NOAA reboots climate change work with new agency, website

“The better the climate information that alternative energy companies have, the more profitable they can be, the more jobs they can create and the more they can meet the energy demands of our country and our world,” said Commerce Secretary Gary Locke on a conference call with reporters Monday. The Commerce Department houses NOAA.

NOAA also unveiled a new web portal (www.climate.gov) for its climate work Monday.

Locke noted that NOAA is already receiving increasing requests for its vast amount of data, and Locke and other officials who briefed reporters on the plan said the new service and portal would also be useful to industries such as farming and fishing.

“The climate service office will now be a single point of contact, like a one-stop shop, for businesses and governments that need NOAA’s high-quality modeling services,” Locke said.

Thomas Karl, director of NOAA’s National Climatic Data Center, will be transitional director for the new Climate Service. NOAA hopes to have the Climate Service in operation by the beginning of fiscal year 2011, which begins Oct. 1.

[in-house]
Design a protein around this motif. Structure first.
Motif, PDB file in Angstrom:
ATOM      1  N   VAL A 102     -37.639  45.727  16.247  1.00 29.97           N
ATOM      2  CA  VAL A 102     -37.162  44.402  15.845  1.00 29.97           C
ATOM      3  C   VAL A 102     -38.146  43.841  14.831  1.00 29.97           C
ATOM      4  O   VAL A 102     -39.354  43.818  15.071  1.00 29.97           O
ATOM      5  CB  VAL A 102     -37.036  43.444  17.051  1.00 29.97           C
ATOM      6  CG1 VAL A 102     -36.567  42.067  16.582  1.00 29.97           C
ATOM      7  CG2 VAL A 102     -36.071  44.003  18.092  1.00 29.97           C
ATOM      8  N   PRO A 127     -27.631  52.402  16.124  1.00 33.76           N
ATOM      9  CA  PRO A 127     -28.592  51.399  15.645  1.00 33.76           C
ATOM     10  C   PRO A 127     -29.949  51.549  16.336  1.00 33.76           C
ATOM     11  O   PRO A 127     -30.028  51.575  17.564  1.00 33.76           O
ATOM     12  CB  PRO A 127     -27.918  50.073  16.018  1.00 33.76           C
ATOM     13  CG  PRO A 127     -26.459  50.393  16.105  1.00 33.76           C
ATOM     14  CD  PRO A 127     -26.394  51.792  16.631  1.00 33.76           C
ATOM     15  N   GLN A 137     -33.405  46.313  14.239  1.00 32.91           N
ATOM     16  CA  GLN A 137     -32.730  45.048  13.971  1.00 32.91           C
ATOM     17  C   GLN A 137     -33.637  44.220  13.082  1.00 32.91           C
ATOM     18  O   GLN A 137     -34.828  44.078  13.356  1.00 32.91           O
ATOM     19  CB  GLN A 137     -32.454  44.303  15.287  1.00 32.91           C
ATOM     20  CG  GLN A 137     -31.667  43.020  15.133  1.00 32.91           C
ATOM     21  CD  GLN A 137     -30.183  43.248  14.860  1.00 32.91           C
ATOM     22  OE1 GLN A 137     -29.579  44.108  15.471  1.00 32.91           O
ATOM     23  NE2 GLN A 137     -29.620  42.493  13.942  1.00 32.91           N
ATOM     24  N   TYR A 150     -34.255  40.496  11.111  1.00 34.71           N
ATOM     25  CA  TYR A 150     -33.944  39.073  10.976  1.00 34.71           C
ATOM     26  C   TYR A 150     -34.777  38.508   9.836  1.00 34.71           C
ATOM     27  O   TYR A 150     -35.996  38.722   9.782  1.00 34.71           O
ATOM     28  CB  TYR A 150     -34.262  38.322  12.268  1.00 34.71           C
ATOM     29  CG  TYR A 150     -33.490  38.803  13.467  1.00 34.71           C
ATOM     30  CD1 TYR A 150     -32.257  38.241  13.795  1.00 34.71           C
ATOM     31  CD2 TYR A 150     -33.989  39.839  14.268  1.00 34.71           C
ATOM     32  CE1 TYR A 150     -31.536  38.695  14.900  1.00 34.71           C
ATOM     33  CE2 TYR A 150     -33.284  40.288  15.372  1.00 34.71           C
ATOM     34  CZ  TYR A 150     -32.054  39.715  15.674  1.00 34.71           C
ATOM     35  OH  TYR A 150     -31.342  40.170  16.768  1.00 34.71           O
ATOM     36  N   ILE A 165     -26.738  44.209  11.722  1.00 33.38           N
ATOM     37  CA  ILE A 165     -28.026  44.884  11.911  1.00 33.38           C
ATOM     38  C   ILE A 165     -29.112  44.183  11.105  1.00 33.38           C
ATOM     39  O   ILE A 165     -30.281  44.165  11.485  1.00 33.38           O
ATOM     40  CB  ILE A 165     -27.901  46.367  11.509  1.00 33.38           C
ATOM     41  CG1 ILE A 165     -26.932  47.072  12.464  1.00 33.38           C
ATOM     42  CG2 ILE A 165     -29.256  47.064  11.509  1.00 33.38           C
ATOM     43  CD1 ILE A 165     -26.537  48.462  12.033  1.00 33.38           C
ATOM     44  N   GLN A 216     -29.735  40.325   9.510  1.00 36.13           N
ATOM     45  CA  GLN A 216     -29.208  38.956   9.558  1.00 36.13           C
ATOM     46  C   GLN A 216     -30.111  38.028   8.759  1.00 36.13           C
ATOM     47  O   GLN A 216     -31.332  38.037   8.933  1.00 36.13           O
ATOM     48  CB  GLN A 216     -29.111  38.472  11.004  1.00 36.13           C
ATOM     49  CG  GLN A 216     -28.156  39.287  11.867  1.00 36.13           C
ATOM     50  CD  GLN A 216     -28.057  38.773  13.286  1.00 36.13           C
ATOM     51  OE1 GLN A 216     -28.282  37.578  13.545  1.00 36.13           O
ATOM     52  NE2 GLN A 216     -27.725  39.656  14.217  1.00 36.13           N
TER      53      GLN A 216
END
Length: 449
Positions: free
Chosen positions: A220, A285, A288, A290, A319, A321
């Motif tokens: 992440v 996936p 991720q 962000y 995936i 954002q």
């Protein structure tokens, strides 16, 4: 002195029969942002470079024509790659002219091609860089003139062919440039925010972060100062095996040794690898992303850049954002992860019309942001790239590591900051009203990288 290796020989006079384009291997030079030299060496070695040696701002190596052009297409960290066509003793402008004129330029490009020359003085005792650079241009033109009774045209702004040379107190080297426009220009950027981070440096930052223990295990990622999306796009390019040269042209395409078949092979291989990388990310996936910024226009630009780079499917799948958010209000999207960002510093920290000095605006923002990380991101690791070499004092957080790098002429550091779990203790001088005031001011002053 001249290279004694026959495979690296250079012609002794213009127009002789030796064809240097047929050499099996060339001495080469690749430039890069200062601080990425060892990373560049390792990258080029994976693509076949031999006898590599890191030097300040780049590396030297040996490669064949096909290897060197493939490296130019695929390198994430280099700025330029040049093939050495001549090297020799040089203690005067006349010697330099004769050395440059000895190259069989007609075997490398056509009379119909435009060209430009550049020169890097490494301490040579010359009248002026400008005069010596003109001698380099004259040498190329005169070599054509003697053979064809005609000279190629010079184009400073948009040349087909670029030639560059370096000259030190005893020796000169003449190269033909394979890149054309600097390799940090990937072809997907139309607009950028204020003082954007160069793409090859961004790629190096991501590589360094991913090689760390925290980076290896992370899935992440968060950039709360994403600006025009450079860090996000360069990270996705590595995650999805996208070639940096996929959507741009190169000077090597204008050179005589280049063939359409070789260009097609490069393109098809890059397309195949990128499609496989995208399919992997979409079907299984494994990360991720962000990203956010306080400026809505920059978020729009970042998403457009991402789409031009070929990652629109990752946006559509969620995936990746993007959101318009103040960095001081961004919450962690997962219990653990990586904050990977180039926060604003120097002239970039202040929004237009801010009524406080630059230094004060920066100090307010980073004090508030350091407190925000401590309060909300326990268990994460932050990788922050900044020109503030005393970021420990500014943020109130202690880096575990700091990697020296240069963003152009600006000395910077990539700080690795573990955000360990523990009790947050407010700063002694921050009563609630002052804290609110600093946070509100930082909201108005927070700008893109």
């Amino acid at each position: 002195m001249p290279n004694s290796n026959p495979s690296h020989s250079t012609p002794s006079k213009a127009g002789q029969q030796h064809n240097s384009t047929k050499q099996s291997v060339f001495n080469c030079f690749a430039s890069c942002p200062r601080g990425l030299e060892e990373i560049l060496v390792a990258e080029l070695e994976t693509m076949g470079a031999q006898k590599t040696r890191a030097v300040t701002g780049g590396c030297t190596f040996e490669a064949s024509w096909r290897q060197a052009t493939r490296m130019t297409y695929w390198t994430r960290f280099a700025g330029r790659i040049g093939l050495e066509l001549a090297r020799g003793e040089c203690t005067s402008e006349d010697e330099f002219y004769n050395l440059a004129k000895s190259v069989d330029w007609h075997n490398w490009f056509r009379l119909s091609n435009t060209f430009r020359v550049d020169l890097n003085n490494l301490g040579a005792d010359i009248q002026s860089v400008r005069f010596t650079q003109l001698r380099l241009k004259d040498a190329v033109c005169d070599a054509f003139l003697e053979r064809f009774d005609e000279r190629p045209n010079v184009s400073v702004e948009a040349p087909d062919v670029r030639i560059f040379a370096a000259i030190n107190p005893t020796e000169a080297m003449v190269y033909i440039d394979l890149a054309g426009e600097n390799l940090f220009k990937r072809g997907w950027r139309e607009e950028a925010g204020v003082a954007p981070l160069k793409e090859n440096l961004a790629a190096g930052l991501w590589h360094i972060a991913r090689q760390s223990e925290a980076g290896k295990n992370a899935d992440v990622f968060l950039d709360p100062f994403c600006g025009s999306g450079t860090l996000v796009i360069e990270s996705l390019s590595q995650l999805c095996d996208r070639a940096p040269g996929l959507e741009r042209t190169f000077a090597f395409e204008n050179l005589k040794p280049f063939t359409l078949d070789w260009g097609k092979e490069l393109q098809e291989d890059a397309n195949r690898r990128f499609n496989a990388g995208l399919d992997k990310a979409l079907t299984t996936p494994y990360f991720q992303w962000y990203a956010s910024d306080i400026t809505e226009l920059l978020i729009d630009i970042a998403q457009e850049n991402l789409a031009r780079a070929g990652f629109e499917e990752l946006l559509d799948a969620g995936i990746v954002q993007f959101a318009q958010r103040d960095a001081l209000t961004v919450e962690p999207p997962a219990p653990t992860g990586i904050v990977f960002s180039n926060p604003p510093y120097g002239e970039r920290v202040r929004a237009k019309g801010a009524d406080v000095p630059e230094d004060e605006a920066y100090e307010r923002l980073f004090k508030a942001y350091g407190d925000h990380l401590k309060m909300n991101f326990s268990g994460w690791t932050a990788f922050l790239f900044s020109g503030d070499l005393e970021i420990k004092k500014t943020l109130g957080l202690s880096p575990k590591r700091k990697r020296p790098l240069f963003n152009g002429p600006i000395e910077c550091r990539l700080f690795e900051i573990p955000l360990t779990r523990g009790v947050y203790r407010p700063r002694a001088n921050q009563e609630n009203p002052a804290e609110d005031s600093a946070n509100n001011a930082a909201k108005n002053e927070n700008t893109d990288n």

Locke and NOAA Administrator Jane Lubchenco said the proposed reorganization will be conducted using existing resources. But they plan to ask congressional appropriators to bless the “reprogramming” of funds within NOAA to create the new agency.

Key Capitol Hill lawmakers have already signaled interest in a new NOAA Climate Service. The sweeping energy and climate bill the House approved last year would require it, and so would a major Senate climate bill sponsored by Sens. John Kerry (D-Mass.) and Barbara Boxer (D-Calif.).

Senate Commerce Committee Chairman Jay Rockefeller (D-W.Va.) has also spoken favorably about the idea.


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